Trade card depicts a woman dressed as a nun with complete habit gazing toward the upper right corner which contains a crescent moon with the letters AK in the center of the circular ring. Verso of the card features an advertisement for Antikamnia, a medicine used for pain relief.
The Antikamnia Chemical Company was established in St Louis in 1890. Their main products were "antikamnia" medicines, which were a derivative of acetanilid, an anti-fever and pain medication. The medication was sold on its own, or was combined with codeine or quinine to enhance the effects. The company suffered a major setback after the Pure Food and Drug Act was passed in 1906. In 1914, the government prosecuted the company for failing to disclose the source of the active ingredient on their packaging.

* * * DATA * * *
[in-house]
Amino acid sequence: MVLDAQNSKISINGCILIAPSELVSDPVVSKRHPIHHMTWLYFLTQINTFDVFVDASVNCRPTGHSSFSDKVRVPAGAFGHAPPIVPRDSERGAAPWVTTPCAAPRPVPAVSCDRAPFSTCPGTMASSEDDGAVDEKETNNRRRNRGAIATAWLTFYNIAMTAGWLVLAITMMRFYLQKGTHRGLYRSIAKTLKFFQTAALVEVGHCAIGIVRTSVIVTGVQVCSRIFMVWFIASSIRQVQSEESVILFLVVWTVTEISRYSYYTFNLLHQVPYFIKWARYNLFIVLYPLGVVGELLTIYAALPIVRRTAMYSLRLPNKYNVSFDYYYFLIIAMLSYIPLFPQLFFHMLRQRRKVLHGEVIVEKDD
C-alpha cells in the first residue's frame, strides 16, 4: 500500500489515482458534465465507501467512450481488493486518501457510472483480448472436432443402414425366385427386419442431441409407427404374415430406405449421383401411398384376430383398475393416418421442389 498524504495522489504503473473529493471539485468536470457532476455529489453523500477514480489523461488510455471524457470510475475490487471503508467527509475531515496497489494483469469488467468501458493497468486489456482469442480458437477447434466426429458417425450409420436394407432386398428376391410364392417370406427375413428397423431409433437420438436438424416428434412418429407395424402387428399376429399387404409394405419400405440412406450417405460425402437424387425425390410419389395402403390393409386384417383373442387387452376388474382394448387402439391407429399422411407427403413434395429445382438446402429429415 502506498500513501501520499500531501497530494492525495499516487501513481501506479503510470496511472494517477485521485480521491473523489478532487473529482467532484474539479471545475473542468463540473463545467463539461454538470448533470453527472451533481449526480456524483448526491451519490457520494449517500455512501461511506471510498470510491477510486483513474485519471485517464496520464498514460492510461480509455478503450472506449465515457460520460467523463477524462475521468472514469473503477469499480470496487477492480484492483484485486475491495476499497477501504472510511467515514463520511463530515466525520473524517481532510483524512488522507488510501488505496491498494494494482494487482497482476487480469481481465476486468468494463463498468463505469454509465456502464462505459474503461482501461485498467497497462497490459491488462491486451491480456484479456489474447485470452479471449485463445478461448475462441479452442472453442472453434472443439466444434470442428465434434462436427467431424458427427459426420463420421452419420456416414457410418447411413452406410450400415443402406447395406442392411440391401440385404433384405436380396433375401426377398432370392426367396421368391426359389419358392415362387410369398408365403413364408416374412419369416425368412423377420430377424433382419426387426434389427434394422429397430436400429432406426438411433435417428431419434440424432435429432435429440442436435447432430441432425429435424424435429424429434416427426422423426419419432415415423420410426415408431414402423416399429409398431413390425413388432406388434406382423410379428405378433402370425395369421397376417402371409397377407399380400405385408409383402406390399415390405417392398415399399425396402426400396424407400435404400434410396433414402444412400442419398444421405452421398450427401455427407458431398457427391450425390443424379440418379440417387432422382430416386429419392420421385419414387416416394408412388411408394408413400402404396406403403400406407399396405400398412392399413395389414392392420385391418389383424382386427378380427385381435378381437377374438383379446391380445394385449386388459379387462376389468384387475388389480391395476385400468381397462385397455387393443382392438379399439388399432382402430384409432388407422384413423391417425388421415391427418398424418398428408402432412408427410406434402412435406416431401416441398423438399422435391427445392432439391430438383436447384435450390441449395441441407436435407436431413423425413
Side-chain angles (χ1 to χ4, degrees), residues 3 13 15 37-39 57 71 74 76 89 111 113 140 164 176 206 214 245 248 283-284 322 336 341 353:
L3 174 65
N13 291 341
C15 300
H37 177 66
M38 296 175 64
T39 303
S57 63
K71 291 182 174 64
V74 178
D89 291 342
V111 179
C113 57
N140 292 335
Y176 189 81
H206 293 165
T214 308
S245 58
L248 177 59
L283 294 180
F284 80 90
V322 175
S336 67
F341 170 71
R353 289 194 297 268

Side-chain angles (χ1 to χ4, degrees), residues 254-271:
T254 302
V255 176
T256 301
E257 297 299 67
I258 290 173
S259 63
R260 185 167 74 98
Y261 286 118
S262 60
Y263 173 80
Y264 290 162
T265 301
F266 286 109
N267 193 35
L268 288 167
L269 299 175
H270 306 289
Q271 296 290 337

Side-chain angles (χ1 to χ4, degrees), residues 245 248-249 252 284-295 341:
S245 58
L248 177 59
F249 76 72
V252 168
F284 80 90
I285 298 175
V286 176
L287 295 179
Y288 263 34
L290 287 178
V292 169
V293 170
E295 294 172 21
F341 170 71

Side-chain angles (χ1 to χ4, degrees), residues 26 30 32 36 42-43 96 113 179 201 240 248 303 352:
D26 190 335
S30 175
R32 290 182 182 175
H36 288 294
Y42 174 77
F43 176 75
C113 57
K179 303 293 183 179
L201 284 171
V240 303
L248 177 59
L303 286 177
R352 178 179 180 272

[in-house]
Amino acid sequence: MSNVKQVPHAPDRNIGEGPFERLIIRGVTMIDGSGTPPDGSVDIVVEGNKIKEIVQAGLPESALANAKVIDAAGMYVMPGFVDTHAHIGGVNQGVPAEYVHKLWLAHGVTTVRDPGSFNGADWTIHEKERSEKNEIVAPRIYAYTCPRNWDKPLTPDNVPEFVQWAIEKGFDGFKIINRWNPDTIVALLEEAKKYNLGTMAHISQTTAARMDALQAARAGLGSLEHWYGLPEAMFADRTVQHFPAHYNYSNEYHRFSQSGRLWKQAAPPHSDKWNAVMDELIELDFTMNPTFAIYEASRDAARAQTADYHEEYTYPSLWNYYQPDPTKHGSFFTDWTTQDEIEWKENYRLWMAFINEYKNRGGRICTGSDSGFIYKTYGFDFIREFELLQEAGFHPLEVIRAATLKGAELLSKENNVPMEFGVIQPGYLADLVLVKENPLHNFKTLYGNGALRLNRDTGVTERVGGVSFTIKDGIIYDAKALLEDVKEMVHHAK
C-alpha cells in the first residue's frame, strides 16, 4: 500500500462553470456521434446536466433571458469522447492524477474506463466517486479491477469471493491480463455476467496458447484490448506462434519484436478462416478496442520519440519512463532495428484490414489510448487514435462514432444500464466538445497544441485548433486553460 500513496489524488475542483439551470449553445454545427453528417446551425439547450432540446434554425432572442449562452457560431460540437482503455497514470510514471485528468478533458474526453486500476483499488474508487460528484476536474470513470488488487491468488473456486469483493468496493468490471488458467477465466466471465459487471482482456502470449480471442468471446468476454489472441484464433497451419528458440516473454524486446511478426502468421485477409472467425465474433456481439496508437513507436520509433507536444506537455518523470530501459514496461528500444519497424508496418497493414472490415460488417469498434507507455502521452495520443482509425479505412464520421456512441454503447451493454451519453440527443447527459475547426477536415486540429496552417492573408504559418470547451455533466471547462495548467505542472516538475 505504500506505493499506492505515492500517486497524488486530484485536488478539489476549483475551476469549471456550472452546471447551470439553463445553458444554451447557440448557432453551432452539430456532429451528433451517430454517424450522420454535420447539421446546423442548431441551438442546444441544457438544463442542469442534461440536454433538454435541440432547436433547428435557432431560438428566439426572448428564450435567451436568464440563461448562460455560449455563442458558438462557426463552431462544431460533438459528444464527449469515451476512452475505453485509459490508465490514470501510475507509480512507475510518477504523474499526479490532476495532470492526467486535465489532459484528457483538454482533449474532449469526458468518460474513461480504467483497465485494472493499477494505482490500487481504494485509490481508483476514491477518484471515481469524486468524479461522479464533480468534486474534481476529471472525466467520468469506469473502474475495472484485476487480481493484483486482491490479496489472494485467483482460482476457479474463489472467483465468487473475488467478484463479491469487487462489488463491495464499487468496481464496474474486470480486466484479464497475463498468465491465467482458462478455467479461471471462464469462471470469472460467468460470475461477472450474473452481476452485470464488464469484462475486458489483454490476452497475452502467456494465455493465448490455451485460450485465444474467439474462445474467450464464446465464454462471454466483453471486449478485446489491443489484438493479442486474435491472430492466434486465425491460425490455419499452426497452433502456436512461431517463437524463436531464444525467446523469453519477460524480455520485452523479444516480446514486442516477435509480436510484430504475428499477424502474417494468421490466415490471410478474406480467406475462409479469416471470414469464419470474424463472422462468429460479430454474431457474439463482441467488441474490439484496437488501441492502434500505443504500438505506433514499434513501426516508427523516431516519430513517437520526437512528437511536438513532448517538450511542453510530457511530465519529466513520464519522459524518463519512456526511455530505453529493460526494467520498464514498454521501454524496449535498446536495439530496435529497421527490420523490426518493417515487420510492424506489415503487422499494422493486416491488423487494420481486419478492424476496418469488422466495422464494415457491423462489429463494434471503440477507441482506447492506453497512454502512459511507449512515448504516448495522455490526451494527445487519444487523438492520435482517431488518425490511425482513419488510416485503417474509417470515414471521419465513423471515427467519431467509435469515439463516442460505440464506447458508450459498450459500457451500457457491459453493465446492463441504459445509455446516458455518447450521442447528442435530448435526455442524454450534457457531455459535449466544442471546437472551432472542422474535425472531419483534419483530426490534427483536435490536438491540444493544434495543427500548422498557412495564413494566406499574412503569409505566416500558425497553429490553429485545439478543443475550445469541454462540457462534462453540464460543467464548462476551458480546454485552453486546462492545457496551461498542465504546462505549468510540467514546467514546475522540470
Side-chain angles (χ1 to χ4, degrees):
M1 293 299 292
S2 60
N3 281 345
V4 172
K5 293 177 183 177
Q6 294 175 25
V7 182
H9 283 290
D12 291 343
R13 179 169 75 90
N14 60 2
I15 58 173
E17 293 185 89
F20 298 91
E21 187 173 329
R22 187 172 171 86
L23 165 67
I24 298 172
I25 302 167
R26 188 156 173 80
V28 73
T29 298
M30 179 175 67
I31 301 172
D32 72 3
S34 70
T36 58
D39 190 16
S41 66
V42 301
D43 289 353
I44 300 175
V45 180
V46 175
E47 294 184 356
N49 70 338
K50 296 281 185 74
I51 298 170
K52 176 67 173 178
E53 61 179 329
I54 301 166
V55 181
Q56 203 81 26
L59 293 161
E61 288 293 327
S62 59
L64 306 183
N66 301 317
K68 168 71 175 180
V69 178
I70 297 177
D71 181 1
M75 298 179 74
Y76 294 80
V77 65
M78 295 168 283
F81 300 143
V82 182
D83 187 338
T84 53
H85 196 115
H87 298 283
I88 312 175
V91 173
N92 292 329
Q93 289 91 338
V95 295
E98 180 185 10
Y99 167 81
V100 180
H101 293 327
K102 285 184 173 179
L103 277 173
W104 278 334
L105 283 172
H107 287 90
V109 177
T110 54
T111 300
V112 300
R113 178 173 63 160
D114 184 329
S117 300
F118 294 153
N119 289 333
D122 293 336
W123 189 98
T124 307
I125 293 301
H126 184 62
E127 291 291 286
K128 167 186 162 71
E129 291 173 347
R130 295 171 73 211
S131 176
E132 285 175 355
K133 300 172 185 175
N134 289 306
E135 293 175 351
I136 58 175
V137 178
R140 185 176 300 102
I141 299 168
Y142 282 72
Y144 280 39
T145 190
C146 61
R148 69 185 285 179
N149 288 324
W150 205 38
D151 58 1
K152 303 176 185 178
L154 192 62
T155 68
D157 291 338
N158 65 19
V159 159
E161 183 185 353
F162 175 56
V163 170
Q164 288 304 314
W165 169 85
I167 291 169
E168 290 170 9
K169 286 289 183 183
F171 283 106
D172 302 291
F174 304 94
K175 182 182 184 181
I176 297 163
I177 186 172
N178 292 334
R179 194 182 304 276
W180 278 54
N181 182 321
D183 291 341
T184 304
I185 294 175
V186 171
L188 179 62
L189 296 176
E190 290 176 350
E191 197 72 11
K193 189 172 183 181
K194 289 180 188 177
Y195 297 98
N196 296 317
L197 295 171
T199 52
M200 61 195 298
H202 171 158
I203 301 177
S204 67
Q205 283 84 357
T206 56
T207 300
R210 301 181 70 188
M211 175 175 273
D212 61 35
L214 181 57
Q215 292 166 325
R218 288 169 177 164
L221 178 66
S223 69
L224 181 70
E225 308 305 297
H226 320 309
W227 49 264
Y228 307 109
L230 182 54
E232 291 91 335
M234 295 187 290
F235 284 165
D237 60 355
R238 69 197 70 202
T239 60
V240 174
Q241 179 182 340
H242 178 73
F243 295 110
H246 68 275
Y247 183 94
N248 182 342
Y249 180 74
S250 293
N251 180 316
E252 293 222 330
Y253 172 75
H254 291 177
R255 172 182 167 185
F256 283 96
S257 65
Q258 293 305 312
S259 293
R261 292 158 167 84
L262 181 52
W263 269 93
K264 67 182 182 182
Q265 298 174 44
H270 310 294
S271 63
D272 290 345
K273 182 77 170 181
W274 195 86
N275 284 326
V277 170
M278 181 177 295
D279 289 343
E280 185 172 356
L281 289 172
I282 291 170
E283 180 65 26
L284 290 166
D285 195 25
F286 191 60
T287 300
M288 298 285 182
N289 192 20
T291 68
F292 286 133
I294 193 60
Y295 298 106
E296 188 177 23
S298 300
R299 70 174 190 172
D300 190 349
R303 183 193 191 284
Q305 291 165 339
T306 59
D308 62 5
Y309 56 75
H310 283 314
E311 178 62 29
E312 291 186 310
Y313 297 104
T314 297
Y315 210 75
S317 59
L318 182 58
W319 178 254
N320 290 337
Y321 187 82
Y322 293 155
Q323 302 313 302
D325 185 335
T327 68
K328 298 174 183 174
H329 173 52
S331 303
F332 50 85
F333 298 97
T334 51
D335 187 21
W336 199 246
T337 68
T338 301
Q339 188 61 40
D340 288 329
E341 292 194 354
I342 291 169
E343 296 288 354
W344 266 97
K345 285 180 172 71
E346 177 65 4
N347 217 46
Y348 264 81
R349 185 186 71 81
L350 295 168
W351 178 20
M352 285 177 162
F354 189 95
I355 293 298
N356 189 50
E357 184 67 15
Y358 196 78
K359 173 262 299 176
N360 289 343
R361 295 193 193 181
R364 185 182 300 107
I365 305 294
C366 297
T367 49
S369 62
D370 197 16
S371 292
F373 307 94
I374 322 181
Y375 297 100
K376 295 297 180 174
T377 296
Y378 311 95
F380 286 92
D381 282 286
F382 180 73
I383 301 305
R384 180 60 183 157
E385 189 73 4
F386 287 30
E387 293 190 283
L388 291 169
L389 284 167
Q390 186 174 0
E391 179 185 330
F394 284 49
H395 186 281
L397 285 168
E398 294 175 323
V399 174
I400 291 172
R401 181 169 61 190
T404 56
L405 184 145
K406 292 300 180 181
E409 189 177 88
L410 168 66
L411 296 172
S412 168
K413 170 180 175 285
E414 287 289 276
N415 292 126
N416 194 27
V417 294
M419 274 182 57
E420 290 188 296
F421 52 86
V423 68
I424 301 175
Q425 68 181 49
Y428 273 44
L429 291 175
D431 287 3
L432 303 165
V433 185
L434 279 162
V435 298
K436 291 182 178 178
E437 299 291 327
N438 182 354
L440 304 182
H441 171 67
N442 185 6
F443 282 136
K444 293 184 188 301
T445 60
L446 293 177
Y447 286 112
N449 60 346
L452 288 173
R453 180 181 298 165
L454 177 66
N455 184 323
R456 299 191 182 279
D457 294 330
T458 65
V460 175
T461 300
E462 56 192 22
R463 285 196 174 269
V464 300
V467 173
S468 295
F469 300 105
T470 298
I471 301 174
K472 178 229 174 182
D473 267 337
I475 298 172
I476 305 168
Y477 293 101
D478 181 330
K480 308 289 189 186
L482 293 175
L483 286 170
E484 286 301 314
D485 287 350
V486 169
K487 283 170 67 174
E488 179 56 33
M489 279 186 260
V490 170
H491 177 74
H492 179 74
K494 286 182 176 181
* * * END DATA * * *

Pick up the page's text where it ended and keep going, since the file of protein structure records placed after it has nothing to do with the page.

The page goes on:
|Place of publication|
|Original file type||TIFF|
|Rights||Public Domain Mark 1.0|
“Trade Card for the Antikamnia Chemical Company's Pain Relief Product with Nun.” Chromolithograph. Saint Louis, Missouri: Antikamnia Chemical Company, circa 1898. Science History Institute. Philadelphia. https://digital.sciencehistory.org/works/q811kk83q.
This citation is automatically generated and may contain errors.
Previous image shift + or , Next image shift + or . Pan image Zoom in + or shift + Zoom out - or shift + Zoom to fit 0 Close viewer esc Also
Mouse click to zoom in; shift-click to zoom out. Drag to pan. Pinch to zoom on touch.